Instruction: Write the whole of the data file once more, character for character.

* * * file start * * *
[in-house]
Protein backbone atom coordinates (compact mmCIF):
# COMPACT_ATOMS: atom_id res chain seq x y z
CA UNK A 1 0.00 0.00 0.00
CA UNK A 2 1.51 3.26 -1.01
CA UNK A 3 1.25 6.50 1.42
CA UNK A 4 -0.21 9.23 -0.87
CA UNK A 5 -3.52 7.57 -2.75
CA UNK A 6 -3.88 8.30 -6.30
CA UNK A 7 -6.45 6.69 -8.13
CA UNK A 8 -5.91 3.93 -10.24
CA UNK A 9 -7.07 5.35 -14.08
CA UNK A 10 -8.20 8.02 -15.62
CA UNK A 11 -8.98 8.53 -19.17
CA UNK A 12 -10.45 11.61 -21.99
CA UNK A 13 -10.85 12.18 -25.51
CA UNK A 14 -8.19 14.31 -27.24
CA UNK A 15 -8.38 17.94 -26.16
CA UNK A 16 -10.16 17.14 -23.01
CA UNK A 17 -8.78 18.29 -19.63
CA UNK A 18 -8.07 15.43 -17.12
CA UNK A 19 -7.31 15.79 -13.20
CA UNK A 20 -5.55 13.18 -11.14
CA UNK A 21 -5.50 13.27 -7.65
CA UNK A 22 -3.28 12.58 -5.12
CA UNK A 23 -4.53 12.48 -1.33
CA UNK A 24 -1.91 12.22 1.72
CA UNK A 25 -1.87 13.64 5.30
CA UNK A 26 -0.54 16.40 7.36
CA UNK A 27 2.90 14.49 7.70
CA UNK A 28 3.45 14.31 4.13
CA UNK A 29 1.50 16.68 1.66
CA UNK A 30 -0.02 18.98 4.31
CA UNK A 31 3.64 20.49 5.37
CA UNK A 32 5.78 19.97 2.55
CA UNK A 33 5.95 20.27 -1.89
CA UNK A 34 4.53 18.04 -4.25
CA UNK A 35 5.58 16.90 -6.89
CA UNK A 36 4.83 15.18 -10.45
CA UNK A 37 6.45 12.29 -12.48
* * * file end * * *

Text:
[in-house]
Protein backbone atom coordinates (compact mmCIF):
# COMPACT_ATOMS: atom_id res chain seq x y z
CA UNK A 1 0.00 0.00 0.00
CA UNK A 2 1.51 3.26 -1.01
CA UNK A 3 1.25 6.50 1.42
CA UNK A 4 -0.21 9.23 -0.87
CA UNK A 5 -3.52 7.57 -2.75
CA UNK A 6 -3.88 8.30 -6.30
CA UNK A 7 -6.45 6.69 -8.13
CA UNK A 8 -5.91 3.93 -10.24
CA UNK A 9 -7.07 5.35 -14.08
CA UNK A 10 -8.20 8.02 -15.62
CA UNK A 11 -8.98 8.53 -19.17
CA UNK A 12 -10.45 11.61 -21.99
CA UNK A 13 -10.85 12.18 -25.51
CA UNK A 14 -8.19 14.31 -27.24
CA UNK A 15 -8.38 17.94 -26.16
CA UNK A 16 -10.16 17.14 -23.01
CA UNK A 17 -8.78 18.29 -19.63
CA UNK A 18 -8.07 15.43 -17.12
CA UNK A 19 -7.31 15.79 -13.20
CA UNK A 20 -5.55 13.18 -11.14
CA UNK A 21 -5.50 13.27 -7.65
CA UNK A 22 -3.28 12.58 -5.12
CA UNK A 23 -4.53 12.48 -1.33
CA UNK A 24 -1.91 12.22 1.72
CA UNK A 25 -1.87 13.64 5.30
CA UNK A 26 -0.54 16.40 7.36
CA UNK A 27 2.90 14.49 7.70
CA UNK A 28 3.45 14.31 4.13
CA UNK A 29 1.50 16.68 1.66
CA UNK A 30 -0.02 18.98 4.31
CA UNK A 31 3.64 20.49 5.37
CA UNK A 32 5.78 19.97 2.55
CA UNK A 33 5.95 20.27 -1.89
CA UNK A 34 4.53 18.04 -4.25
CA UNK A 35 5.58 16.90 -6.89
CA UNK A 36 4.83 15.18 -10.45
CA UNK A 37 6.45 12.29 -12.48